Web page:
Published June 22, 2012
Workplace violence ranks as one of the top four causes of on-the-job injuries, according to the Labor Department, which puts a financial and emotional toll on many businesses. While it’s impossible to predict when an incident may happen, there are some warning signs to be aware of and ways small business owners can mitigate the risk.
The size of a business doesn’t predict if or when violence will happen. But for small businesses, the impact can be devastating. Since “reputation is everything,” just one incident of workplace violence can destroy a business’s standing in the community and thus the business, says Melissa Fleischer, president of HR Learning Center, a human resources training center. What’s more, the company may have to contend with lawsuits and legal fees as well as the costs for increased security, lost productivity and wages, which could be irreparable to the business, she said.
“Many times the workplace violence comes from outside your organization and can happen either when strangers come into the workplace and engage in violence or when domestic violence from one of your employee’s family members spills out into your workplace,” said Fleischer. “All of these factors combine to make small businesses likely targets for workplace violence.”
In order to reduce the risk of workplace violence, the experts say a small business owner has to think about it before it happens. That means he or she has to assess the risk placed on the business and its employees.
“The plan has to be related to the kind of work they do,” says William F. Badzmierowski, Director of Instructor Services at CPI, an international training organization. “Whether or not they handle cash, whether or not they have a 24-hour operation,” are things that need to be looked at, he says.
According to OSHA, around 2 million U.S. workers are the victims of violence on the job each year. While it’s true it can strike anywhere and anytime, some workers are at an increased risk. Those, according to OSHA, include ones that exchange money with the public, deliver passengers or goods, work alone or in small groups, work late night hours or operate in high crime areas.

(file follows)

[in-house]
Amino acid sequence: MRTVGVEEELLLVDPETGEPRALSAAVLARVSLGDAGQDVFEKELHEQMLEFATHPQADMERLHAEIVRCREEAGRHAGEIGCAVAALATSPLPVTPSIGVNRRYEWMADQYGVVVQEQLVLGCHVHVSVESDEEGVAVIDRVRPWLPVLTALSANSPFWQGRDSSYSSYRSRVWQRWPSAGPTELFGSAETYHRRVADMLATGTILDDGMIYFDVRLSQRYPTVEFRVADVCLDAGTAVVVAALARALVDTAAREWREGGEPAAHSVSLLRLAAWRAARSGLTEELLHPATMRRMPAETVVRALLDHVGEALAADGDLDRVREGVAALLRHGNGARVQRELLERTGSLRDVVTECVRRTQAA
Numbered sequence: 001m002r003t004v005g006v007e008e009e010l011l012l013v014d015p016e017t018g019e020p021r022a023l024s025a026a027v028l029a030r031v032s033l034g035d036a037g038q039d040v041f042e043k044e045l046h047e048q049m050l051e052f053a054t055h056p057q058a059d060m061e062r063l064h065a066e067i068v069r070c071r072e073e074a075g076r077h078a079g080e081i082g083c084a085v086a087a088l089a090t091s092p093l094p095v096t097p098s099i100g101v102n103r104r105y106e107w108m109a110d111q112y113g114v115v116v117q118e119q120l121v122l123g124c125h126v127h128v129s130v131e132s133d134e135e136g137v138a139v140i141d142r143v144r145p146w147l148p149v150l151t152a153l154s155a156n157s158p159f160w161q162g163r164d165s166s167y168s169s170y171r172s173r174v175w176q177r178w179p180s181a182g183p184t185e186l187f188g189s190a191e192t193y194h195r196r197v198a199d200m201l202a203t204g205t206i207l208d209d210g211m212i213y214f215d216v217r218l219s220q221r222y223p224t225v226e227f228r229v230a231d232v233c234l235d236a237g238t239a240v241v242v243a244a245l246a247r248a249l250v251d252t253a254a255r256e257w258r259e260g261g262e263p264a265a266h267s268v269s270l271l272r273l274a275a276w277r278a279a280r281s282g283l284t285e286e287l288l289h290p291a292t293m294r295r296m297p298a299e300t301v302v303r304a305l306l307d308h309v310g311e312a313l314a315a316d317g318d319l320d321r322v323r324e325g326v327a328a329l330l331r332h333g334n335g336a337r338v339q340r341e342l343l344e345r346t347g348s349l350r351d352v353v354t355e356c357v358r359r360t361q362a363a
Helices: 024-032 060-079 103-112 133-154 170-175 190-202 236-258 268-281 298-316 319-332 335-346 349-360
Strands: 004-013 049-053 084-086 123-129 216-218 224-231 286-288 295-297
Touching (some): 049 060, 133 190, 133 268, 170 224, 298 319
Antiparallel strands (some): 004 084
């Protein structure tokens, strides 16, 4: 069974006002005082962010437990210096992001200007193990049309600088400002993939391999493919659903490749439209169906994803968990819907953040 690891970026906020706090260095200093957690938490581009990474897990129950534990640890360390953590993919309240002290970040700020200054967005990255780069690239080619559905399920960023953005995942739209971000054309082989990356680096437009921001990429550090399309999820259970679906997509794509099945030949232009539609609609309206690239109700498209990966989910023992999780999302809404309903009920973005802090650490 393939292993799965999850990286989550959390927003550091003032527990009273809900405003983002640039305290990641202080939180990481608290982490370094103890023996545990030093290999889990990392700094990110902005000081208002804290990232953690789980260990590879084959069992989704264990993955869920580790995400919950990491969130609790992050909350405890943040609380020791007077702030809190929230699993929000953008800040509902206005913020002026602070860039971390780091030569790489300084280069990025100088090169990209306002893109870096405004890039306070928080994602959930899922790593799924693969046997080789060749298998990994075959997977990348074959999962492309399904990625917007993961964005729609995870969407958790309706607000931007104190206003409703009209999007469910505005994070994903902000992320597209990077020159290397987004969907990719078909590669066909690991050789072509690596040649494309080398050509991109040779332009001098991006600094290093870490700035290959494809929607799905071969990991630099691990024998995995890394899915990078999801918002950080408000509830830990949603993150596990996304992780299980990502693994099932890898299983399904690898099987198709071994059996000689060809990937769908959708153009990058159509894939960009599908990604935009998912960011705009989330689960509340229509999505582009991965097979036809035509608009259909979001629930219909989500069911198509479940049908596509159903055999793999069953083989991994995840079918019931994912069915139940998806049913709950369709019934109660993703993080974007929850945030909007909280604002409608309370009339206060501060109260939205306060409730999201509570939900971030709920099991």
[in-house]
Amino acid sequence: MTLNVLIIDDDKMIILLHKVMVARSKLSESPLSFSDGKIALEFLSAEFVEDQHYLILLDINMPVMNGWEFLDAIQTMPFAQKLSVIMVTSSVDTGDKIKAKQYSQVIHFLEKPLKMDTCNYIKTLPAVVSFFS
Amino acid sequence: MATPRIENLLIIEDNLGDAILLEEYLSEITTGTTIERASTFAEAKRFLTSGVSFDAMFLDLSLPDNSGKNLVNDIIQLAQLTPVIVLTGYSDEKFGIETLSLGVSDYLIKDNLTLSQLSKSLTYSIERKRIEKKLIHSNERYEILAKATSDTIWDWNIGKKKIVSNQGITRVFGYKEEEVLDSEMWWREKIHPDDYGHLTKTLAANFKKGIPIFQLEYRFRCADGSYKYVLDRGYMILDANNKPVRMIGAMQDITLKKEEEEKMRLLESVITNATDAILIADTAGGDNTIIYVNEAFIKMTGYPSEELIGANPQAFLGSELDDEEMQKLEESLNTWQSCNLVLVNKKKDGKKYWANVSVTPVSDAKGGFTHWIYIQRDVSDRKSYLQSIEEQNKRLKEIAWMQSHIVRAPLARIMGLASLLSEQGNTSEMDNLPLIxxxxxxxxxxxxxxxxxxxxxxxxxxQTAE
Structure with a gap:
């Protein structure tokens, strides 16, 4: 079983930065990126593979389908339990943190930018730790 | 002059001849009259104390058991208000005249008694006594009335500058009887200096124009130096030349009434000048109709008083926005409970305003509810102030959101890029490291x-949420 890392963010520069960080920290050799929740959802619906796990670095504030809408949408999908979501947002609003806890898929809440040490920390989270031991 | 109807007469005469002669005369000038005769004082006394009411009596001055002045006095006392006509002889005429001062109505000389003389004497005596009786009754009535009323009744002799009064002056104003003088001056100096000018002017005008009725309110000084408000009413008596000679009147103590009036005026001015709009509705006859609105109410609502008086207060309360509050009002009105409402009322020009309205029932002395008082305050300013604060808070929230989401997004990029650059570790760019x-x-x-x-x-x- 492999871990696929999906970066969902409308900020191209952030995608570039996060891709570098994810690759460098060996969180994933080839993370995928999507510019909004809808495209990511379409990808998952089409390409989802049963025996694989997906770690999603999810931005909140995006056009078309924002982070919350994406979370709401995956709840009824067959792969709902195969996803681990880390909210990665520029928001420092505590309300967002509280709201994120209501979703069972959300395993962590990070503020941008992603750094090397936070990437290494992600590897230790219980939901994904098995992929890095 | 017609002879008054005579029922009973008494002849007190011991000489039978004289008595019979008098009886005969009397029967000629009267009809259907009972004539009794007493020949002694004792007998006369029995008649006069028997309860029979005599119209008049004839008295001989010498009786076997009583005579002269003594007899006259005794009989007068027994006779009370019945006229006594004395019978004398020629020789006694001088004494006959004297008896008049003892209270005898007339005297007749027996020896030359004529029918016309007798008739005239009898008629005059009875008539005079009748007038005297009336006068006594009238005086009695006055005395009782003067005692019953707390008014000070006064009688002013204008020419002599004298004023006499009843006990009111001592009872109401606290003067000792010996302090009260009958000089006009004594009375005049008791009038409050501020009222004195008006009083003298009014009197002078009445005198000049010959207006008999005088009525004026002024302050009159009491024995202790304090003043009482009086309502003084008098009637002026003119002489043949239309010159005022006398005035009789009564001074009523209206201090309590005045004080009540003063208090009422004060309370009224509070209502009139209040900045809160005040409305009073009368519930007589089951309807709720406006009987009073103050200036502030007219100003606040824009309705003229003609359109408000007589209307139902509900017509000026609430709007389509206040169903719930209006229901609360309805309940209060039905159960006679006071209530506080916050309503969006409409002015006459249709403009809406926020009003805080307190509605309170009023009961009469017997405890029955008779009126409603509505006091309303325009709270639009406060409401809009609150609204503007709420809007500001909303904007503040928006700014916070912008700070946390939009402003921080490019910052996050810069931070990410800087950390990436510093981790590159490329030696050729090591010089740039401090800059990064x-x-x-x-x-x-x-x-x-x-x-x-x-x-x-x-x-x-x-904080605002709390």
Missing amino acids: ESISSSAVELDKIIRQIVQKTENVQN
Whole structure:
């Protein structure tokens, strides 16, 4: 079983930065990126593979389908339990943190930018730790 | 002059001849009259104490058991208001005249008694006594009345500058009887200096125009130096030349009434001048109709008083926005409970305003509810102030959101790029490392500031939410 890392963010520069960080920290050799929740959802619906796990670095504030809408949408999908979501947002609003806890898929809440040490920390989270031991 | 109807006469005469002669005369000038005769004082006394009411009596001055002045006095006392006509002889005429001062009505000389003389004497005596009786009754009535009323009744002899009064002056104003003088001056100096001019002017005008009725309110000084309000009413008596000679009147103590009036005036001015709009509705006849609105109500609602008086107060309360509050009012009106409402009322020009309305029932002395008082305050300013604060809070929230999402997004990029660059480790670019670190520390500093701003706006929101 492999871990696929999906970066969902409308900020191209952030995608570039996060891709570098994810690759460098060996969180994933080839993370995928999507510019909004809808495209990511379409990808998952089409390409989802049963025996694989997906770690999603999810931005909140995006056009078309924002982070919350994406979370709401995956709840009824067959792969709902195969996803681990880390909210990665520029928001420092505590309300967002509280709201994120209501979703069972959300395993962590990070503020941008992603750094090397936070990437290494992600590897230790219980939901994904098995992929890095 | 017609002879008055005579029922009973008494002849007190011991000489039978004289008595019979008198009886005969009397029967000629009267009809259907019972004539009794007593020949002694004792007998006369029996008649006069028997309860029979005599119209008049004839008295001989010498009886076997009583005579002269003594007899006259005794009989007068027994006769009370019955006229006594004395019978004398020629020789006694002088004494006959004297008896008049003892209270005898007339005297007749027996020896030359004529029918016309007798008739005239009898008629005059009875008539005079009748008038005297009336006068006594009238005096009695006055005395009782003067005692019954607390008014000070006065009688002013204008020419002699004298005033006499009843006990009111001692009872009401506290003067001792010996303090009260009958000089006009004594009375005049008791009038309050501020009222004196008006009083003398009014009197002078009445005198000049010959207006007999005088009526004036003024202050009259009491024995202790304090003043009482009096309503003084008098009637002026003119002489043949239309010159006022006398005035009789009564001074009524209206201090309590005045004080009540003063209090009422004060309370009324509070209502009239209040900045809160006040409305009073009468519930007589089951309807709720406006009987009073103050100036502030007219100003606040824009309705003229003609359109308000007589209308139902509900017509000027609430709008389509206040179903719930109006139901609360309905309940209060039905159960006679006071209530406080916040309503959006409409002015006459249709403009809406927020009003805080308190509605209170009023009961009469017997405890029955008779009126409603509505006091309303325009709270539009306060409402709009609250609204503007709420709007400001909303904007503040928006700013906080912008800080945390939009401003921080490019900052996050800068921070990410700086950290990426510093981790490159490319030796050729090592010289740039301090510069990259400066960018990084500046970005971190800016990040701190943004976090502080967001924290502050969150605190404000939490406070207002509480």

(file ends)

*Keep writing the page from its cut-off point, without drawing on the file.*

After assessing the risk the small business faces, a plan needs to be drafted advising employees of the rules and regulations governing safety. For example, if employees work the night shift in a high crime area the business owner may encourage them to park their cars in lighted areas. If it’s in an office setting, the employer may institute a rule that no strangers are allowed into the office.
According to Fleischer, the plans should advise employees of what workplace violence is and how to report any instance of it.
“Workplaces should have safety plans and safety drills as well as instituting emergency notification systems,” says Fleischer. “This way the employer can notify everyone at once that there is an emergency situation and a lockdown in place. These emergency notification systems can also help employers avoid additional liability.”
Although it’s impossible to know when workplace violence might spill into the office from outside, there are ways to identify the potential for conflict from an employee or someone that does business with the company. According to Fleischer, warning signs that an employee may be contemplating violence include a confrontational attitude, discussions of an attack, threatening co-workers or the boss, bragging about guns, aggressive behavior and abusive behavior and bullying of others.
“There are many potential warning signs for workplace violence but perhaps the most important issue with regard to warning signs … that employees should watch out for is a sudden change of behavior,” says Fleischer. “Managers and employees need to be aware of the warning signs and understand your organization’s policies for how to report those warning signs to human resources and upper management so that the organization can take action to protects its employees.”
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